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Maria's Metro

Can Georgia and U.S. compete while other countries continue investing in infrastructure?

By Maria Saporta

The name of the game these days is competitiveness.

Many Georgia leaders are asking how can we create the most competitive economy in the United States, if not the world.

Gov. Nathan Deal, the Georgia Chamber of Commerce and Georgia Department of Economic Development launched a Competitiveness Initiative in 2011.

Last week, the national Council on Competitiveness held a conference at Georgia Tech on the future of manufacturing in the United States and the role of logistics and networks in Georgia’s future.

Underlying all these conversations is how Georgia compares to other U.S. states, and how the country as a whole competes with other nations across the globe.

Are we really doing all we can to become globally competitive — especially when we peer into the future – 10, 20, 30 years from now?

Nigel Brandon, a professor at the Imperial College who is director of the Energy Futures Lab in London, provided a perspective last week at the Sustainable Atlanta Roundtable that showed us how far Georgia and the United States need to go to play on an international stage.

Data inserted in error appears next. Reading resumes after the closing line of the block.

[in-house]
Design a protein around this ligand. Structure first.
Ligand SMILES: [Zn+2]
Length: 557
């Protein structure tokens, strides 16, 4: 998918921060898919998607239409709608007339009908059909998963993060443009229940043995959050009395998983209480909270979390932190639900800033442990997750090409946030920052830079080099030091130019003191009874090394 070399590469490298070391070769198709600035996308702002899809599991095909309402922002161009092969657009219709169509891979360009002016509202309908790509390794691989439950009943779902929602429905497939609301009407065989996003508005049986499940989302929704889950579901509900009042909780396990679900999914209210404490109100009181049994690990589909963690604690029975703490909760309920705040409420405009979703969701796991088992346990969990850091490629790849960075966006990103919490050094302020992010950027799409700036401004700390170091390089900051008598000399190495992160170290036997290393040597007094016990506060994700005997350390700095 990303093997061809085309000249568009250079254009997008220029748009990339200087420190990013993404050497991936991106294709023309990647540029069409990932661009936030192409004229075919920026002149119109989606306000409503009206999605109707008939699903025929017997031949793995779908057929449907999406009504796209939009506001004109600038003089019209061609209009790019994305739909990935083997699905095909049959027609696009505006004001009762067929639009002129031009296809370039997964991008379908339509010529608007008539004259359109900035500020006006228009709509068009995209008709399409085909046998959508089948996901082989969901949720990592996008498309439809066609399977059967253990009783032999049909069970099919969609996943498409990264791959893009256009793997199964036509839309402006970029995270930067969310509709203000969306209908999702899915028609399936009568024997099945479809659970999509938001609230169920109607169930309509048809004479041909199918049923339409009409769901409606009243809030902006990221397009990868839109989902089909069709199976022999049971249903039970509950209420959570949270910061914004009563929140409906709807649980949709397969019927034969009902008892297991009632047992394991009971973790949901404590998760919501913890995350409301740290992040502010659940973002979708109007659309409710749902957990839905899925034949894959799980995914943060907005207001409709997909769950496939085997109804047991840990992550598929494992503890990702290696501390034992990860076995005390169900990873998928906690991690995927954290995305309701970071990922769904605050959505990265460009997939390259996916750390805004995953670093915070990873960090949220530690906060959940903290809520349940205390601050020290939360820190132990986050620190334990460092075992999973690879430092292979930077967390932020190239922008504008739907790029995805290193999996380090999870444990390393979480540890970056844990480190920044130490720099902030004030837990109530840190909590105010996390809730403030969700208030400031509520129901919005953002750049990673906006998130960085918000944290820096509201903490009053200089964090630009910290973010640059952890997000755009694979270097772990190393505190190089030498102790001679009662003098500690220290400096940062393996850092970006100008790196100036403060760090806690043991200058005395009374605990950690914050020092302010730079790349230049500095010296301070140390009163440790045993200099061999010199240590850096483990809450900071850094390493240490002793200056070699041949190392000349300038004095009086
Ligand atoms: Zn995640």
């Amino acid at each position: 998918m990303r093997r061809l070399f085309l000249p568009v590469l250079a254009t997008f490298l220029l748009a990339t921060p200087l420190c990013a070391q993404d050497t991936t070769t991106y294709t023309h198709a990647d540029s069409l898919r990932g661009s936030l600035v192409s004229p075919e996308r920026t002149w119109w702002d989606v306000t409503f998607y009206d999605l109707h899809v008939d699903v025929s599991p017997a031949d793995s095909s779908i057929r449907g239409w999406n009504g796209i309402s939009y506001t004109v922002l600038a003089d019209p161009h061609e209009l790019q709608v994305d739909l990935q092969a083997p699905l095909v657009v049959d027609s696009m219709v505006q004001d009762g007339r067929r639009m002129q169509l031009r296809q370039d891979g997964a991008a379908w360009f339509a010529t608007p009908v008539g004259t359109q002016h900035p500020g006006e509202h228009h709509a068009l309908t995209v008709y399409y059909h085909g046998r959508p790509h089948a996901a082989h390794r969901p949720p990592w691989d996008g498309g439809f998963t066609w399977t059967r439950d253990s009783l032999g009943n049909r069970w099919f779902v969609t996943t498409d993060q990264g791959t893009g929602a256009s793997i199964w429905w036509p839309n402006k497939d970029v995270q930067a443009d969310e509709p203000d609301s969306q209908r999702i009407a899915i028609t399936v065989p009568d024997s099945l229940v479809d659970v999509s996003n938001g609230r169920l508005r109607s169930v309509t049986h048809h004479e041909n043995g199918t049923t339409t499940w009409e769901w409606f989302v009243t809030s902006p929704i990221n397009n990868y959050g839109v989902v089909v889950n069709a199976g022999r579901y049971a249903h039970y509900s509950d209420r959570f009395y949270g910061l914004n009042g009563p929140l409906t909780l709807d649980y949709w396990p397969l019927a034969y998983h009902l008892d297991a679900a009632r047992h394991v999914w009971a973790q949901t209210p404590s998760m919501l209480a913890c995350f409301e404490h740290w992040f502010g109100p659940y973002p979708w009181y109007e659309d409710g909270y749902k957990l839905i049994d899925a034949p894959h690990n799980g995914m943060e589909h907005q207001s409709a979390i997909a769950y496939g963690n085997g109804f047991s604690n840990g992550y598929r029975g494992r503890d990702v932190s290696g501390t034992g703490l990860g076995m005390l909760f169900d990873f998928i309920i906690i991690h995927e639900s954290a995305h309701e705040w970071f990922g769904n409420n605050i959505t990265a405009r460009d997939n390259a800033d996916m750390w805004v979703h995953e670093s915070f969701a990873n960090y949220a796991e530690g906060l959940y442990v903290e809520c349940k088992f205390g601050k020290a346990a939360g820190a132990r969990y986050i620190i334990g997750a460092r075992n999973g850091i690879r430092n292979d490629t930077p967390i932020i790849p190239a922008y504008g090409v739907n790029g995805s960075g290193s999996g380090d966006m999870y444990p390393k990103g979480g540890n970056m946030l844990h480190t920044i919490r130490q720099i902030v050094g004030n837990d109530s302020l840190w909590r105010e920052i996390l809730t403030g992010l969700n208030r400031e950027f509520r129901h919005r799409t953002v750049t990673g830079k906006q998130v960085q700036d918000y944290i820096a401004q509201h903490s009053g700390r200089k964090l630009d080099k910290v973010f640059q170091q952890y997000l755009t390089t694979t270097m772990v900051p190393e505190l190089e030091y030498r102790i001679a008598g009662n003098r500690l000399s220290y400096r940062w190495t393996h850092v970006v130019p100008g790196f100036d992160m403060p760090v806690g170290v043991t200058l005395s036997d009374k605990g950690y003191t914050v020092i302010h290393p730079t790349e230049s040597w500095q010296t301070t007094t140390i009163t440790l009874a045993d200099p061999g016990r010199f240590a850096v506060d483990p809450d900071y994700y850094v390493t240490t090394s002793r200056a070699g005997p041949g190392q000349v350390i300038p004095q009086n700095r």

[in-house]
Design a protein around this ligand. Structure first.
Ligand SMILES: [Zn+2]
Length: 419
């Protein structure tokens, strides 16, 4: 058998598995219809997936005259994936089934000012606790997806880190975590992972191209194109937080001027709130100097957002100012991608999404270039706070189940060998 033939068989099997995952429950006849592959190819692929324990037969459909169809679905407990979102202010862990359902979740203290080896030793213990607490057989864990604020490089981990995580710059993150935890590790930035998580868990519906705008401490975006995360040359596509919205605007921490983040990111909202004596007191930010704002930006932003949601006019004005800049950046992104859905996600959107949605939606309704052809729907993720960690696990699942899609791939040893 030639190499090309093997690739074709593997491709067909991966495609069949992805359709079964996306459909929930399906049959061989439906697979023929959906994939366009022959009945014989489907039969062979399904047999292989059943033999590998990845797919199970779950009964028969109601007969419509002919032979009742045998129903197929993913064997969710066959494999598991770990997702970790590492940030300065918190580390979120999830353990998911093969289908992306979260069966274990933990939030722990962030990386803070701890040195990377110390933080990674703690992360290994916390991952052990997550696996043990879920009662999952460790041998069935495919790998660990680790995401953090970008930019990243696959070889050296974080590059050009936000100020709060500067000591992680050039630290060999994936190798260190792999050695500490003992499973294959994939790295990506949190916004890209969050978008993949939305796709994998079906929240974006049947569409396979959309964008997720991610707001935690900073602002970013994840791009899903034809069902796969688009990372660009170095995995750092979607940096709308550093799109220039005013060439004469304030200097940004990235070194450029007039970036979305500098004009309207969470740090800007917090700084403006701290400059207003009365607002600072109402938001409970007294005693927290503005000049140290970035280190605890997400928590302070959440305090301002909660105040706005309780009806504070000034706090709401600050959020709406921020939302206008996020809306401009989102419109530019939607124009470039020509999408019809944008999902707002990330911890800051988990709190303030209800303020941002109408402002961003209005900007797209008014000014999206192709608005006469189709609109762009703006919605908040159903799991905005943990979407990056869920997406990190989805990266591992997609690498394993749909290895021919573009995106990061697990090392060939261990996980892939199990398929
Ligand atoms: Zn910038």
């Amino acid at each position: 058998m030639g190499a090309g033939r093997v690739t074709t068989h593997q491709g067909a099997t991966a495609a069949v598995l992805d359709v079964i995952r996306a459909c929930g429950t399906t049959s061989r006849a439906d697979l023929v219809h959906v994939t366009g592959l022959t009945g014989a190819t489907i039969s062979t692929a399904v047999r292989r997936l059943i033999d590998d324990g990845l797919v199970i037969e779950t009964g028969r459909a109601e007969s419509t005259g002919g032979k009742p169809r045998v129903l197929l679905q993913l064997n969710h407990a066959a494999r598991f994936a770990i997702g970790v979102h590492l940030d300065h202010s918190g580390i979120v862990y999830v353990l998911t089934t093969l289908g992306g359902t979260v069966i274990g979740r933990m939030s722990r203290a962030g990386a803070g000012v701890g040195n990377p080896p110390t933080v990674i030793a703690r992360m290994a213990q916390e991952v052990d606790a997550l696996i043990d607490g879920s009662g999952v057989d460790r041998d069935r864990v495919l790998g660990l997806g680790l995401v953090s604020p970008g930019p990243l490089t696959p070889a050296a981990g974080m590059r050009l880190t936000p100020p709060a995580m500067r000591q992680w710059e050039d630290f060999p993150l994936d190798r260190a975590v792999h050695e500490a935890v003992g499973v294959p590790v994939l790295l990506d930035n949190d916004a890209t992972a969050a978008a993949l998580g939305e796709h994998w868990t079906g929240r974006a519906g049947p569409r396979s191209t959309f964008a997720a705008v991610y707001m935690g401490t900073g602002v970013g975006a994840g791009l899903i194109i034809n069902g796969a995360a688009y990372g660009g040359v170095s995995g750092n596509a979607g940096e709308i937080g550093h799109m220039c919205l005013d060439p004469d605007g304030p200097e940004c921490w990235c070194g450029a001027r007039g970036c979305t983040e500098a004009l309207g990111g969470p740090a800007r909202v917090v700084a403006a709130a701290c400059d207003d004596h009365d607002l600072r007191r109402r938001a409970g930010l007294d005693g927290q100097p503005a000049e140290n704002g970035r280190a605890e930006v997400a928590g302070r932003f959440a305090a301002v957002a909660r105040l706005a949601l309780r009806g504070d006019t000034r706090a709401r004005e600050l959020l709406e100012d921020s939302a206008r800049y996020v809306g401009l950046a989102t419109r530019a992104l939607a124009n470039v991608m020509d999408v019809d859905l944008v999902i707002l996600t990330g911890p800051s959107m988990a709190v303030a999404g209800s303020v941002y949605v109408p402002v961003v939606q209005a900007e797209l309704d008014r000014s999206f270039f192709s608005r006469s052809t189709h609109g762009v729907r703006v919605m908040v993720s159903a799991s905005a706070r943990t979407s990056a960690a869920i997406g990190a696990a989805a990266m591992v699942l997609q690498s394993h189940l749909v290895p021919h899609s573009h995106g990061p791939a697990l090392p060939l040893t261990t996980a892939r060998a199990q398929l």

Among U.S. states, Georgia has consistently ranked in the top five as an attractive place for business.

“We are the Southeast leader when it comes to economic development,” said Chris Cummiskey, who touted Atlanta’s Hartsfield-Jackson International Airport and the fast-growing Savannah port. Both of those are assets that make Georgia a leader in logistics — a center for the distribution of goods and services.

Today, Cummiskey said Georgia is facing increasing competition from its neighbors — North Carolina, South Carolina, Alabama and Tennessee.

“Infrastructure is our greatest challenge and our greatest asset,” Cummiskey said, referring to Georgia’s transportation network including both the airport and the Savannah port. “We have to make sure it continues to be successful.”

Unfortunately, Georgia and the United States have lagged behind other countries in their infrastructure investments. While other countries have built extensive networks of high speed rail for both passenger and freight, the United States’ rail infrastructure is spotty at best.

And why does that matter?

The countries that have established energy efficient modes of transportation and have focused on lowering their carbon emissions will be more competitive in the future.

In the United States, one often hears about how Europe is passé — an economy that’s no longer competitive because several of its countries are mired in debt and that there is a wide disparity between the richer nations of Germany and France and the poorer countries such as Greece or Spain.